The strong thread that ties the Bell System together is teamwork...the
careful intermeshing of research and development at Bell Laboratories,
manufacture and supply at Western Electric, and service to the public by Long
Lines and the associated companies.
What it all adds up to is the best communications service in the world. And it
didn't just happen that way it was planned to be the best.
We're planning now to make sure it will be the best in the years ahead. Working
closely together will become increasingly important in the future. Society will
continue to grow in complexity, new technologies will emerge, and the
communications needs of our customers will undergo fundamental changes.
The Changing World of Communications
In the years ahead the business will be operating in a climate of rapid,
radical change. To keep pace, communications will become increasingly versatile.
There will be no artificial lines drawn between voice, visual and data
communications. Instead, the customer will have at his disposal a universal,
integrated communications service that is, a service that will enable him to
talk, hear, see, write, examine documents or manipulate machines over great
The catalyst is the computer Here's why:
The complexity of modern life demands application of computers to help
us solve our problems;
-- computers demand communications;
for human convenience, information must be made available in various forms. For
instance, we may want to hear it or we may want to read it. We may also want to
write back to the computer, to talk back-perhaps to draw pictures back.
All this points to one universal network with the flexibility to handle all
kinds of communications on demand.
Forecasters and long-range planners predict that computers and communications
will bring about major changes in the business world and in our everyday life.
The transportation field is one example. Supersonic planes that carry hundreds
of passengers at a cruising speed of 1,800 miles an hour will usher in a big
increase in travel. In communications terms this will mean, among other things,
transmitting enormous volumes of data to and from a centralized computer for
flight plans, weather information, reservations and other purposes. Passengers
in flight will be able to dial their own telephone calls to home or office just
as they now do on the ground. Visual communications also will be used. For
instance, ground crew experts required to maintain and repair supersonic planes
at major airports most likely will be trained remotely by sight and sound from a
central overhaul base.
Banking arrangements will be different, too. Commands sent over communications
lines to computers will handle most of the machinery of charging, paying and
transferring credits from one account to another. People will no longer have to
write and mail pieces of paper called checks.
Forecasters also expect time-sharing of computers to grow into a thriving
business. They point out that with such systems the terminals of small firms
across the country can be connected to the computer of an organization formed to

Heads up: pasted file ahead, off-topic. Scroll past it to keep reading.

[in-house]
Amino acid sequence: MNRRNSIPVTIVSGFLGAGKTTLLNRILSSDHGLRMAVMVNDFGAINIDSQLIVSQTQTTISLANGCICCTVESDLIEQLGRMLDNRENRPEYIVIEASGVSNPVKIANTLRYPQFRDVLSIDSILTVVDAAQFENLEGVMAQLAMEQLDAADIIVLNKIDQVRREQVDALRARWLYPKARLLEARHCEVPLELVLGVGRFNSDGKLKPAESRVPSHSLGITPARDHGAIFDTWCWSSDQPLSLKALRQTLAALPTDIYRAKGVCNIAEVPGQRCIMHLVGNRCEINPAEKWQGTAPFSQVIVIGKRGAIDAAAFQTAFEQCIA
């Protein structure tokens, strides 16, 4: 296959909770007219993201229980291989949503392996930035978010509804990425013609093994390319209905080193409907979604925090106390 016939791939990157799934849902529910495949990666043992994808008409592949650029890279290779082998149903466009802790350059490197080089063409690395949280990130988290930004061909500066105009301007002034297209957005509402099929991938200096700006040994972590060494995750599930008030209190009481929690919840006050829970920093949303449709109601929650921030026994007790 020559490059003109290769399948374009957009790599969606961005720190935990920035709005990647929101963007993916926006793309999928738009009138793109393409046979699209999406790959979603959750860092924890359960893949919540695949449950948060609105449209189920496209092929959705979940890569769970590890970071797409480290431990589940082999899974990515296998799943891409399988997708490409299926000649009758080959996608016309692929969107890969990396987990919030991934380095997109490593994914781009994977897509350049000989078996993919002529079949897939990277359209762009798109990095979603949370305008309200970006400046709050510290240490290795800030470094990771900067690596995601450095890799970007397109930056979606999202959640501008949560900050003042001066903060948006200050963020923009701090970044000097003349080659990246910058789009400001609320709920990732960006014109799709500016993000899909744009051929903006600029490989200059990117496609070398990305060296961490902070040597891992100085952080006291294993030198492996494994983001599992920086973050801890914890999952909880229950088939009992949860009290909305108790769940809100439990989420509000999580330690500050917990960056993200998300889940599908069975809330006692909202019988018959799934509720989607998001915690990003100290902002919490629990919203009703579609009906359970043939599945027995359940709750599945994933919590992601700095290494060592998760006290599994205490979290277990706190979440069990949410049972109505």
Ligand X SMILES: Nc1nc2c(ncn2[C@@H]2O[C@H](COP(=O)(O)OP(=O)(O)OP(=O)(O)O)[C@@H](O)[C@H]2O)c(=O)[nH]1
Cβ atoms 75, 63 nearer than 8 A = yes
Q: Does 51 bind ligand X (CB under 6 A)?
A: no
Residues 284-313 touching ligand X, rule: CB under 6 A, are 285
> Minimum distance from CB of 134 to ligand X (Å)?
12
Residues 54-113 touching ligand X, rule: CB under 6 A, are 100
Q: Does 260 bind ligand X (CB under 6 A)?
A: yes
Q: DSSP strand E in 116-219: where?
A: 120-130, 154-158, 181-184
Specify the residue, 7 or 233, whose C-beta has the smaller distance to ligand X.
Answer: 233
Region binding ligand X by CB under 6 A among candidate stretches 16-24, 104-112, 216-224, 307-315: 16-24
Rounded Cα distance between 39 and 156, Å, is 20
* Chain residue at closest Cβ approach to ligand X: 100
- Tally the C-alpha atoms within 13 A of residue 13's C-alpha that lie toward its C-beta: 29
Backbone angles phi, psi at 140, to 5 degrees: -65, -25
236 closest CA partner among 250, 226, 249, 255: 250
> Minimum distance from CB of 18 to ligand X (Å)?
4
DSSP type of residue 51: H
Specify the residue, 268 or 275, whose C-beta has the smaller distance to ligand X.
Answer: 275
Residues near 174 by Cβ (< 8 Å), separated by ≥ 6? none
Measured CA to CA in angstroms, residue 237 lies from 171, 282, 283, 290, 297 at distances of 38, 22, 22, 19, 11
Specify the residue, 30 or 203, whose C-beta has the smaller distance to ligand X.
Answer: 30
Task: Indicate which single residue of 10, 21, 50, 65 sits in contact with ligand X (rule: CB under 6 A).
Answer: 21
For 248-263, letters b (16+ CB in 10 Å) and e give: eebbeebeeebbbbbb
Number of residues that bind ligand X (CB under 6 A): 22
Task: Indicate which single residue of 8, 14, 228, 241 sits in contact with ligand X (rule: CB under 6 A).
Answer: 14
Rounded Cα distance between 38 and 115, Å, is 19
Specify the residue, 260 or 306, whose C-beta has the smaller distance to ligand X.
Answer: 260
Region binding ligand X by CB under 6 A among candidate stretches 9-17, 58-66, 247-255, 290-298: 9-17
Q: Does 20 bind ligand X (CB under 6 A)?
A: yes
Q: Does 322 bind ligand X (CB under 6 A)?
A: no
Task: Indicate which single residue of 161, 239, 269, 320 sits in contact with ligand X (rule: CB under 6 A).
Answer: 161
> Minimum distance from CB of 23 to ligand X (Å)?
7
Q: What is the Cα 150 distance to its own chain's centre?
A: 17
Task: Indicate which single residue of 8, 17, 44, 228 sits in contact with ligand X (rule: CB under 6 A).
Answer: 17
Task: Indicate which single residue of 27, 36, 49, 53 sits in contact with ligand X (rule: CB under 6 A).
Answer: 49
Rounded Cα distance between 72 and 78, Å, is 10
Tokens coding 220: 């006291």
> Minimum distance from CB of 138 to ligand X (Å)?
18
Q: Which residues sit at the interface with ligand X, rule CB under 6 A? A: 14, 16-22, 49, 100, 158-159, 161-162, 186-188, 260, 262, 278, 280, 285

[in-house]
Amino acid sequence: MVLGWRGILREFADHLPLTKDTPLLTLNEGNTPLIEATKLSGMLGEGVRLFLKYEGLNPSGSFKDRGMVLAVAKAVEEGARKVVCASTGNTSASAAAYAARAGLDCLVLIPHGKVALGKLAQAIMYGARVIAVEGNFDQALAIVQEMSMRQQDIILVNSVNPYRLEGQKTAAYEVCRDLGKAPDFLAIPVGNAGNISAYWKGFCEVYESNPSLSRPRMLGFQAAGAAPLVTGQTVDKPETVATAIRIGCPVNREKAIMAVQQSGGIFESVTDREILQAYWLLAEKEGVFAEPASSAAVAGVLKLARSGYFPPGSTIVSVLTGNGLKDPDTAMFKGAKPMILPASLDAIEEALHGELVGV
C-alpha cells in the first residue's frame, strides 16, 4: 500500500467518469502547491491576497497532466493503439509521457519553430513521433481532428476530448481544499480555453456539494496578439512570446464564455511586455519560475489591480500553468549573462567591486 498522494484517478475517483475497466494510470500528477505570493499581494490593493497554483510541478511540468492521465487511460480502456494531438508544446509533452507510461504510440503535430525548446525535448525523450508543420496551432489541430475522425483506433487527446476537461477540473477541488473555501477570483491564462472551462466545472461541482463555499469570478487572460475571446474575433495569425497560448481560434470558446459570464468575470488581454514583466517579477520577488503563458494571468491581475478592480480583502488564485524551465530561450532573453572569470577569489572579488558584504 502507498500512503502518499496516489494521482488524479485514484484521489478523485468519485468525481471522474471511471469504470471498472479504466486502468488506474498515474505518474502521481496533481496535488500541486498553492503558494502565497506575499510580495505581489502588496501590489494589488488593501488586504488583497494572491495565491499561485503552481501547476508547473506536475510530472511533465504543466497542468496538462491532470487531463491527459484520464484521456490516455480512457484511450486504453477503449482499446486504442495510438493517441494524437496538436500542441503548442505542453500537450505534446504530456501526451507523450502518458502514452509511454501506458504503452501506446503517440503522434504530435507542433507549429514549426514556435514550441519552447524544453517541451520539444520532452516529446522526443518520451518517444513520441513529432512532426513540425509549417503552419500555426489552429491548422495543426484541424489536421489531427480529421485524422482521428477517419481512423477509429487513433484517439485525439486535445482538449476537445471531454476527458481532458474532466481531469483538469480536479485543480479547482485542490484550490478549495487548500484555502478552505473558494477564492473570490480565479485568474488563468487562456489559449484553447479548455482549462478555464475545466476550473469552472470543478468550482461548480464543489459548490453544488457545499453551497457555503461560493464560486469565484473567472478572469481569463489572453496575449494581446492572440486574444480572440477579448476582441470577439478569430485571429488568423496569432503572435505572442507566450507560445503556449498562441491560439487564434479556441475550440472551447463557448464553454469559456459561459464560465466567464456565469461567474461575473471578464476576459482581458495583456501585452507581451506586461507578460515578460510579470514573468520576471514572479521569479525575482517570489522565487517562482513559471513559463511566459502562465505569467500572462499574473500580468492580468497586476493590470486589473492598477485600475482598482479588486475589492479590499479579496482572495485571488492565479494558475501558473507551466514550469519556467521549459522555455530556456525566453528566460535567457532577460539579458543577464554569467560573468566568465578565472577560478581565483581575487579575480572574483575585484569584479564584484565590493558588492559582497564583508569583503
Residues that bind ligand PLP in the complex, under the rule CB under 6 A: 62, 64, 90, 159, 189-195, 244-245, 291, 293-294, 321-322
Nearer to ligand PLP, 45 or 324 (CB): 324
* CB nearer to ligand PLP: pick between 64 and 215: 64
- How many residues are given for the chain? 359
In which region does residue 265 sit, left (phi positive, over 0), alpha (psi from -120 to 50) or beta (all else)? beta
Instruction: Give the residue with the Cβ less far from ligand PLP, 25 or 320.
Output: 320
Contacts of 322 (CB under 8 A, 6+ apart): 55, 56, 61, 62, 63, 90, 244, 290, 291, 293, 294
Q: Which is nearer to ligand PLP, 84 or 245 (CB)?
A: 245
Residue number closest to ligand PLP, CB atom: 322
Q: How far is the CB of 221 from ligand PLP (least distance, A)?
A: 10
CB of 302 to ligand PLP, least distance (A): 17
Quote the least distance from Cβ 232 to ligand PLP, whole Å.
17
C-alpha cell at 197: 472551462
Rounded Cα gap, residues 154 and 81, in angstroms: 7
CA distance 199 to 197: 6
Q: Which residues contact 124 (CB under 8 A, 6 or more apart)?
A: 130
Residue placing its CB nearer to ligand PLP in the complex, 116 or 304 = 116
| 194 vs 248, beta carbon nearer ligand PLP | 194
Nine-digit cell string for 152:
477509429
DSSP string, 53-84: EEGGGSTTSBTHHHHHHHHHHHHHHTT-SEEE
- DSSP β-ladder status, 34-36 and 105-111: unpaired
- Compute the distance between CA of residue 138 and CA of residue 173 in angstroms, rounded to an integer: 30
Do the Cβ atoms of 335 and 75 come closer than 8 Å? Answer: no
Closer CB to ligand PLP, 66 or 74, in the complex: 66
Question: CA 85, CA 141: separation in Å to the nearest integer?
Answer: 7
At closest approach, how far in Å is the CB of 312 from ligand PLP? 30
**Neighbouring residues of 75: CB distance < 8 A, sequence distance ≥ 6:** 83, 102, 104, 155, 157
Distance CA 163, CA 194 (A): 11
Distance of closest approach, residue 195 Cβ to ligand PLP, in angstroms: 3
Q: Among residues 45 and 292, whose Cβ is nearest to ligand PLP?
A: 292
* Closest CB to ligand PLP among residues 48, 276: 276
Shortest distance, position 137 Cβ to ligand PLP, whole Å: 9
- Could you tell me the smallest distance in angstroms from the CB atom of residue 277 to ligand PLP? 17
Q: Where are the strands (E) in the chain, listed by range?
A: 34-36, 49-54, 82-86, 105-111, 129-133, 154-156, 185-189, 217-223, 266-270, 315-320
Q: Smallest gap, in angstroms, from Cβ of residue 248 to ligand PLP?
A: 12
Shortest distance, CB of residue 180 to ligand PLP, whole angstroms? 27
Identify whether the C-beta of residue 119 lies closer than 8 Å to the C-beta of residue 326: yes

serve them, like a service bureau or trade association. That will give smaller
firms the advantage of a large computer at low cost, and enable them to compete
effectively with large firms in their industry.
And, they add, the use of computer time-sharing won't stop there. Ultimately,
worldwide computer networks will provide scholars, scientists and others with
instant sources of all known and recorded data on any conceivable subject.
Apart from computer applications, other developments will make far-reaching
changes in how we do things. As one example, the expansion of Picturephone®
service which will not only produce close-ups but also project images 20, 30 or
more feet away from the phone--will have a strong impact, particularly on the
The addition of sight to sound-and ultimately three dimensional images will add
an important new element to business communications. It will help make the
people, policies and personality of a business come alive. It will give
managers, regardless of their location, better and quicker numerical and
pictorial information. In this way, new depths of understanding will be added
to the management function, which will mean sounder decisions on fundamental
Meeting radical changes will demand new facilities and systems as well as
the further development of existing ones.
A new tool with great promise is digital transmission, a system that converts
all forms of information into streams of pulses and handles them at much higher
speeds than could be accomplished before. The pulses of one message are
interwoven with pulses of other messages to get maximum use out of each line.
Because it can handle great volumes of information, the digital system should
help overcome some of the difficult cost problems in providing certain services.
And that will enable us to bring to the market a whole range of technical
capabilities in communications at prices that millions can afford.
Another tool with a powerful potential is the laser. Coupled with sophisticated
microwave and electronics techniques, it is expected one day to provide
superhighways for communications between major population centers. Laser
communications will be capable of carrying hundreds of thousands of telephone
circuits on a single beam of light.
The long distance communications business is. steadily growing, and the needs of
customers are changing. At the same time, developments in technology are coming
We will be able to make the most of growth and change because of the
forward-looking, dedicated people who are the life of our business. Working
together, they are making sure now that the business will achieve still greater
progress in the years ahead.
NEXT: Glossary - Bibliography